CitationDickson, Lynda & Marsh, Kris (2008). The Love Jones Cohort: A New Face of the Black Middle Class. Black Women, Gender, and Families, 2(1), 84-105.
AbstractContemporary media portrayals suggest that the black middle class has come to have a new face: that of young (25–44 years old), educated black professionals who are single, never married, and childless (The Love Jones Cohort). Is this portrayal a reflection or distortion of reality? Drawing from recent U.S. Census and CPS Reports, we conduct a descriptive cross-sectional analysis of the marital status, educational attainment, earnings, and (for the women) rate of childlessness for black 25–44-year-olds, and, for comparison purposes, all races of 25–44-year-olds. We wished to determine how representative this cohort is of all 25–44-year-old blacks in general and the black middle class in particular. We find that, while it is a small share of all black 25–44-year-olds, the Love Jones Cohort represents a noticeable share of middle-class blacks in this age category. There is also evidence of a more equal sex ratio among the Love Jones Cohort than among other educational and income categories of African Americans. Implications for future research are discussed.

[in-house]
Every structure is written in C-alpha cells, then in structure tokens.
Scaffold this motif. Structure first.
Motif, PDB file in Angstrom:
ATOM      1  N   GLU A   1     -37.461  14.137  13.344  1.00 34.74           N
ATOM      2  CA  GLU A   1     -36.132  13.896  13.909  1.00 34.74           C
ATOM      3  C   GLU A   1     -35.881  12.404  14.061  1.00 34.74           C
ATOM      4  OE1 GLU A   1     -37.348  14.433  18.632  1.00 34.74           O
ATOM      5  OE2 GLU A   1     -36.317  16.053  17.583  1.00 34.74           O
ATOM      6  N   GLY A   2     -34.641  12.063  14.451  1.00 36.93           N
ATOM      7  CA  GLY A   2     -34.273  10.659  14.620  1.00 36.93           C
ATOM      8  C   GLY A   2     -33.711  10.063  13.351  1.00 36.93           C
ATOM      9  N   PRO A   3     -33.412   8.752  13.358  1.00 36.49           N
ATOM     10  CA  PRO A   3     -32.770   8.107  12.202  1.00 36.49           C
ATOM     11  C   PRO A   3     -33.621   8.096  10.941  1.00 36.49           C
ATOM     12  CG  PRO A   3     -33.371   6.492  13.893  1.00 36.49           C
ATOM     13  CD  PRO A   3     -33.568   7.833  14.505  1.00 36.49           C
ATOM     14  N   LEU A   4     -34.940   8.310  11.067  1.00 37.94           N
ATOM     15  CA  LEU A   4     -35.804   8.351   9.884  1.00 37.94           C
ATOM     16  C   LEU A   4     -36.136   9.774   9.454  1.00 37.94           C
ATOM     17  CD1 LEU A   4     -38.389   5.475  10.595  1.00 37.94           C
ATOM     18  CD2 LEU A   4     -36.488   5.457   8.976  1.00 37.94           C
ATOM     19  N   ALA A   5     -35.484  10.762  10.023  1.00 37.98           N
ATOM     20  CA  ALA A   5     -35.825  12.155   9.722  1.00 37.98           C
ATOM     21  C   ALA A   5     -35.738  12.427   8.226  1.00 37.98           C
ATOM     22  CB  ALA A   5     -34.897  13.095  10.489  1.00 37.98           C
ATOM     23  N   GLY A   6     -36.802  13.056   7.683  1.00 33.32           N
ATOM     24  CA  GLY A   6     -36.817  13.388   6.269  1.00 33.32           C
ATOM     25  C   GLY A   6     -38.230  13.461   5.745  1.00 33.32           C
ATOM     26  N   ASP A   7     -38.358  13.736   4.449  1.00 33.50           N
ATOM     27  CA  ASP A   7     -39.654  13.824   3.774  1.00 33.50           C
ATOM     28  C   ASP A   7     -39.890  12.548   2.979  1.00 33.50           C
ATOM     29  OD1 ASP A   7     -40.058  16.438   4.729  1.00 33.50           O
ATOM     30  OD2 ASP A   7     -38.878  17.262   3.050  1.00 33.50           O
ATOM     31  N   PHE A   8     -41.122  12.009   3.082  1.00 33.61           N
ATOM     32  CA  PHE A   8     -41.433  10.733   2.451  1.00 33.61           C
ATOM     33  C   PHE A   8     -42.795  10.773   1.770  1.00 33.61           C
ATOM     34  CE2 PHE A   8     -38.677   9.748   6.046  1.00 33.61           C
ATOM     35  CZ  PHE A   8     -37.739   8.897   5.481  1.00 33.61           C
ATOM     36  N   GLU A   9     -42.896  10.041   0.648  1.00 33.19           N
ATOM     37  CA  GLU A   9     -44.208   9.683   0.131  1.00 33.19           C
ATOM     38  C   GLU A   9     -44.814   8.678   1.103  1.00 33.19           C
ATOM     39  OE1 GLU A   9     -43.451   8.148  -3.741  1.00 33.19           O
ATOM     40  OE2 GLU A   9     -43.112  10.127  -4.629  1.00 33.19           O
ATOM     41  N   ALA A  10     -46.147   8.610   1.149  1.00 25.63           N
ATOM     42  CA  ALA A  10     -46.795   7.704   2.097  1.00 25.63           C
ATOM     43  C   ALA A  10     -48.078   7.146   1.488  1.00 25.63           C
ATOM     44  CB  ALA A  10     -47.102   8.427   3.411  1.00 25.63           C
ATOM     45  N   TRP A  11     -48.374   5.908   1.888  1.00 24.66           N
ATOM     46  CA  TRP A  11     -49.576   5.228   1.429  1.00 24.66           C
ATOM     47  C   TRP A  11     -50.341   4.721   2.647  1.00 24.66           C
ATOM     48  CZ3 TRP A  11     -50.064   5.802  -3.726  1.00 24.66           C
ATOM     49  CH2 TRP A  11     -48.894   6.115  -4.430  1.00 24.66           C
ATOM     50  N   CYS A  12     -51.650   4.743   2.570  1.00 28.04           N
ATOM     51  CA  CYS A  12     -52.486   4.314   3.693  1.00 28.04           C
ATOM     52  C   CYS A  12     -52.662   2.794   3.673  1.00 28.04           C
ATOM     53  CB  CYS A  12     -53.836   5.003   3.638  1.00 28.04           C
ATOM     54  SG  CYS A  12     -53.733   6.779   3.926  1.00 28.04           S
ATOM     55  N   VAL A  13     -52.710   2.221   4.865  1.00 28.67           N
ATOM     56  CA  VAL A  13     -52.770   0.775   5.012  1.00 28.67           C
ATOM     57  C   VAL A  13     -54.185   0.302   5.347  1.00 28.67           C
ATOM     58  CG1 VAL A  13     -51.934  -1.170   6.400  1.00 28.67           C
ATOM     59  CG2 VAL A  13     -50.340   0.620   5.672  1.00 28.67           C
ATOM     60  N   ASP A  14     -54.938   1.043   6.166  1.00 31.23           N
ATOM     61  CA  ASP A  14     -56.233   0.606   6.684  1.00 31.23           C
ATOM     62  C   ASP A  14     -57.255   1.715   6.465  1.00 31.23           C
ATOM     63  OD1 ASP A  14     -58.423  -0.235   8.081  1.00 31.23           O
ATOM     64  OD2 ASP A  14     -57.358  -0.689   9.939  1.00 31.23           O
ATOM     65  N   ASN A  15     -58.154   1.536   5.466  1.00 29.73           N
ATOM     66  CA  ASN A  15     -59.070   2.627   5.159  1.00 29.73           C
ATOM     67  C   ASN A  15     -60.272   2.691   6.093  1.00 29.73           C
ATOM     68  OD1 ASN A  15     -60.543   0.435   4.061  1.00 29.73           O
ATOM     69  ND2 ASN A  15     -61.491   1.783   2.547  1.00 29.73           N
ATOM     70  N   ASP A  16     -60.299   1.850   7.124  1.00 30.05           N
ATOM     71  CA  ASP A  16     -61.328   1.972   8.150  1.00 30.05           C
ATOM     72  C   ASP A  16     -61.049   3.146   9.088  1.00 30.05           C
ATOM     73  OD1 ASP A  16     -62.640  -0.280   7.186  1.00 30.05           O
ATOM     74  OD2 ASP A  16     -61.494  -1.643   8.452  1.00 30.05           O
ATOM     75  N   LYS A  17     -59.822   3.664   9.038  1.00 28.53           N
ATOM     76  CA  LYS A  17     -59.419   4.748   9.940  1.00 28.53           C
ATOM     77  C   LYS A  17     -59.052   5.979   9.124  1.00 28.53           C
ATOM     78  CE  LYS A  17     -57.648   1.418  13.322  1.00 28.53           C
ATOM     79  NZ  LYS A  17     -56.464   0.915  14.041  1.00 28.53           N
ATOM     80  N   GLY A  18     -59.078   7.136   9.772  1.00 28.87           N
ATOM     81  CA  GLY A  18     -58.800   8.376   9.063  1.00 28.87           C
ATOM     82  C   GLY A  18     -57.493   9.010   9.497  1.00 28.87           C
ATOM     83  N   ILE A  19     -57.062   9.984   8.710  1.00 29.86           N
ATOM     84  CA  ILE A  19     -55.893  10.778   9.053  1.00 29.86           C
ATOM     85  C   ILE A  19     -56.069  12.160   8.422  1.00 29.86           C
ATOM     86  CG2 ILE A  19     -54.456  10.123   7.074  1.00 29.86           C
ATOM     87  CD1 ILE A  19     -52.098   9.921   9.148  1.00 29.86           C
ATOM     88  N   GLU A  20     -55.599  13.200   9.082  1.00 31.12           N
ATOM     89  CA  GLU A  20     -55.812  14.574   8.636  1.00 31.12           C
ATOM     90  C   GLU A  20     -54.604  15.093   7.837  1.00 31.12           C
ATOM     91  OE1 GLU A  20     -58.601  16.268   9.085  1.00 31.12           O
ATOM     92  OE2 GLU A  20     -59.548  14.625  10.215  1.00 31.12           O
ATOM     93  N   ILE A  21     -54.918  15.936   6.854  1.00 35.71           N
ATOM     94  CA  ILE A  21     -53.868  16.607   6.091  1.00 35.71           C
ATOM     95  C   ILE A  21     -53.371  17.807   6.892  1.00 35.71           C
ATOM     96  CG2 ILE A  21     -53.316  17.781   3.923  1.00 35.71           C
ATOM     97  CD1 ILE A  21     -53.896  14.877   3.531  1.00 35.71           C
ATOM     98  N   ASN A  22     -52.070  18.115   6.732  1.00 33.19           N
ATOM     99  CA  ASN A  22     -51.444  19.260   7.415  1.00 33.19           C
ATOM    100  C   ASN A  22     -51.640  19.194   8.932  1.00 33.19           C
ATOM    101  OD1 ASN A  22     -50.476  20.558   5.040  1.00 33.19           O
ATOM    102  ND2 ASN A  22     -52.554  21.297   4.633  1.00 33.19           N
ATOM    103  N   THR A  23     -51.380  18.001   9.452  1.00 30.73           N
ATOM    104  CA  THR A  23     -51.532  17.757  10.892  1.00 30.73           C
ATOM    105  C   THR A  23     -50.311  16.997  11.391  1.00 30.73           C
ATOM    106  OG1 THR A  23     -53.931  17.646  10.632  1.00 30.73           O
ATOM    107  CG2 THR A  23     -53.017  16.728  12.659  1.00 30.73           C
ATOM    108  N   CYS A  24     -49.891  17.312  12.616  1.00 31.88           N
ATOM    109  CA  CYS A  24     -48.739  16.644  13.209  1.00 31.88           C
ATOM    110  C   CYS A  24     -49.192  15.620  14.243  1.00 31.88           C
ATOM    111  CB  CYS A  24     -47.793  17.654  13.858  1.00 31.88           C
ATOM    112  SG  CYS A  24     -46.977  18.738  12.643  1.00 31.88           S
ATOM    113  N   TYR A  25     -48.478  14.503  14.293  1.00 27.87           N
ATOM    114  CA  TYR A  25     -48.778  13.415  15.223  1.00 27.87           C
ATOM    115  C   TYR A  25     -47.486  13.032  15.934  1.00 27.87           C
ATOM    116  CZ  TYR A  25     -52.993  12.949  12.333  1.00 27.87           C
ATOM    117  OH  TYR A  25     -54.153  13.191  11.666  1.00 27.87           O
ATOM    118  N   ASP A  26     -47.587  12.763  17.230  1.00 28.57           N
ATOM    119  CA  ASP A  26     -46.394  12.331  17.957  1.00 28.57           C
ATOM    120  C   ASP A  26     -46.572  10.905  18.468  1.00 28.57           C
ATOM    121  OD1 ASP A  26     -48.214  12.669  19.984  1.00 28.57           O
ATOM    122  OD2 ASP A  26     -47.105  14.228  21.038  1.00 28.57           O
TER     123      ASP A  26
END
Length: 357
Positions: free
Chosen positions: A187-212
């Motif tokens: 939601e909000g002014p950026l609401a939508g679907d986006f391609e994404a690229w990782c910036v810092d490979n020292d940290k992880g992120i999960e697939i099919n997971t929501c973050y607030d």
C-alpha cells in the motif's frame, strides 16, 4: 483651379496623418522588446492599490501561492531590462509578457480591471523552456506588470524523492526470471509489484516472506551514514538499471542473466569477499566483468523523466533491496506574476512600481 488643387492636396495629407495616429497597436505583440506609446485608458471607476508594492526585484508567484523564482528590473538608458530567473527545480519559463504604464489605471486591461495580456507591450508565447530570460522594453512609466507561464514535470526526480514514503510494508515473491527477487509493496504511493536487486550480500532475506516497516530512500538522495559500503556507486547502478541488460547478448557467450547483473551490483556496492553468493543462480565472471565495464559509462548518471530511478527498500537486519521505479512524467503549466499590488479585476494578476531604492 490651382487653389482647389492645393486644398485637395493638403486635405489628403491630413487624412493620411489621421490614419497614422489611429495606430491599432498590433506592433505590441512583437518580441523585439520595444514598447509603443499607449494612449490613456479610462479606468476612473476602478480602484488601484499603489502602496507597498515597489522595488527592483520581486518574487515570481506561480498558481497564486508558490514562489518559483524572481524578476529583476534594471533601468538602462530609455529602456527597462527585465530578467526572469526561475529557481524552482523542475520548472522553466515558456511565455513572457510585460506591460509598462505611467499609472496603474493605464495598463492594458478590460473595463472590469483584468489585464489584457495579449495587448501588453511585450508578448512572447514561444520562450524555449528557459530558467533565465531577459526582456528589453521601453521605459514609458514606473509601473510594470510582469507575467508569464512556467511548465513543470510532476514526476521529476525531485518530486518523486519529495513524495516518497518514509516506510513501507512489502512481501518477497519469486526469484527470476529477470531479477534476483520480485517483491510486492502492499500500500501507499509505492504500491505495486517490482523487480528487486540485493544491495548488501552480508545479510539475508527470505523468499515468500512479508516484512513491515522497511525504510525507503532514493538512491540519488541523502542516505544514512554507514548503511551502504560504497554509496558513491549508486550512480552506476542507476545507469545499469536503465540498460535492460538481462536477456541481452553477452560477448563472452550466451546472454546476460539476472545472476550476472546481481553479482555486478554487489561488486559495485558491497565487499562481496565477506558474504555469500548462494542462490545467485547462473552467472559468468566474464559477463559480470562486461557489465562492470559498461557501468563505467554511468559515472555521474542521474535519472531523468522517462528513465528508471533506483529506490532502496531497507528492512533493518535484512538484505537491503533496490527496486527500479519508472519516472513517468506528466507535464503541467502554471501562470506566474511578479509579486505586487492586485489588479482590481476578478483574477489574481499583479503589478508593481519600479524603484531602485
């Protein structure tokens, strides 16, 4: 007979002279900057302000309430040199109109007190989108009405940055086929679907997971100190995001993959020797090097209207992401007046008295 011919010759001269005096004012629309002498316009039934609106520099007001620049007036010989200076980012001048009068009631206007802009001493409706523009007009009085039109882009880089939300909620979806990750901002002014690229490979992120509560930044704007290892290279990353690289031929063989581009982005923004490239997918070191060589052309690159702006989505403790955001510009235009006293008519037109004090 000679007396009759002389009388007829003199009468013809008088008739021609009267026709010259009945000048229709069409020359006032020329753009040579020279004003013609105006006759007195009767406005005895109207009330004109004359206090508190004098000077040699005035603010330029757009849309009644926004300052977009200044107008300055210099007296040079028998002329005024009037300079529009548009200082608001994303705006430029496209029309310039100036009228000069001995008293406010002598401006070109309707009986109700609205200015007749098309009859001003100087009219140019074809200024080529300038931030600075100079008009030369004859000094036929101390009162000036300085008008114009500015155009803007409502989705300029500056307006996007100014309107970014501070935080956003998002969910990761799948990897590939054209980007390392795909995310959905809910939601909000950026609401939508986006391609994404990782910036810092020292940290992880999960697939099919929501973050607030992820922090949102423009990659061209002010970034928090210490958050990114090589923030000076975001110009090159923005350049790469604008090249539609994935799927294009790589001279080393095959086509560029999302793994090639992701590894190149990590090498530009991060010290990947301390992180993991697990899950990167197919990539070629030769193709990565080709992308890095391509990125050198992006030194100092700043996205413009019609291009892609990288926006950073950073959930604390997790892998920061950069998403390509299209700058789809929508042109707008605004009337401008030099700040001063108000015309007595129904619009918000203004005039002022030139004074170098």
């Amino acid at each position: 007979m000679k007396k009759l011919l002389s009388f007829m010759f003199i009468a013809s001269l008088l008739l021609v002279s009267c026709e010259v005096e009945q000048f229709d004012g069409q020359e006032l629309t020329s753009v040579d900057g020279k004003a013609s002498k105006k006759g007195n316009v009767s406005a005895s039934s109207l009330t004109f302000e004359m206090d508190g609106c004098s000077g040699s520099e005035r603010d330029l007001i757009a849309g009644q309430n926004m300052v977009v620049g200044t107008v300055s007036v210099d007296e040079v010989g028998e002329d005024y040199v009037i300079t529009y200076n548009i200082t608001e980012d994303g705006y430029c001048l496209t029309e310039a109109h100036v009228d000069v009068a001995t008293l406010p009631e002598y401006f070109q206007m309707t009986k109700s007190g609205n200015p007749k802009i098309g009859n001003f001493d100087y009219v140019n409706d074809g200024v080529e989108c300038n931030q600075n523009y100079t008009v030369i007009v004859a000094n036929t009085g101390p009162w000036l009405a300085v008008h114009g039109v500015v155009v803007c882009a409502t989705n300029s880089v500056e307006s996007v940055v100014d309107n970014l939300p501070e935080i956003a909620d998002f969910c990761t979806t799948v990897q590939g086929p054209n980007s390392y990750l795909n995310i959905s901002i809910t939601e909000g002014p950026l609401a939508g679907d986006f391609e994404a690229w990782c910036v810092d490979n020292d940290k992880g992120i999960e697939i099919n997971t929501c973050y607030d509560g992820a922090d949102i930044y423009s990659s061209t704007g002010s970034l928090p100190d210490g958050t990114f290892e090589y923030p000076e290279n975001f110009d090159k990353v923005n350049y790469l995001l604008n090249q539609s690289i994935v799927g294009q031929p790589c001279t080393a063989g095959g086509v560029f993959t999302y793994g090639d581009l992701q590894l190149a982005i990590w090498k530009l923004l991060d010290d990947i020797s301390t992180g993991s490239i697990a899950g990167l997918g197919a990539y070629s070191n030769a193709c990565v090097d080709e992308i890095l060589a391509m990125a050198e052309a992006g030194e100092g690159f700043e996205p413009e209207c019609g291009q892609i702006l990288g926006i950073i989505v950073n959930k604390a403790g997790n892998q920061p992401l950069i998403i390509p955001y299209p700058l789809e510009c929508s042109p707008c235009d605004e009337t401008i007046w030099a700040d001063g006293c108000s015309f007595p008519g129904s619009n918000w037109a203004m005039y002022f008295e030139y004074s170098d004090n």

Reference TypeJournal Article
Journal TitleBlack Women, Gender, and Families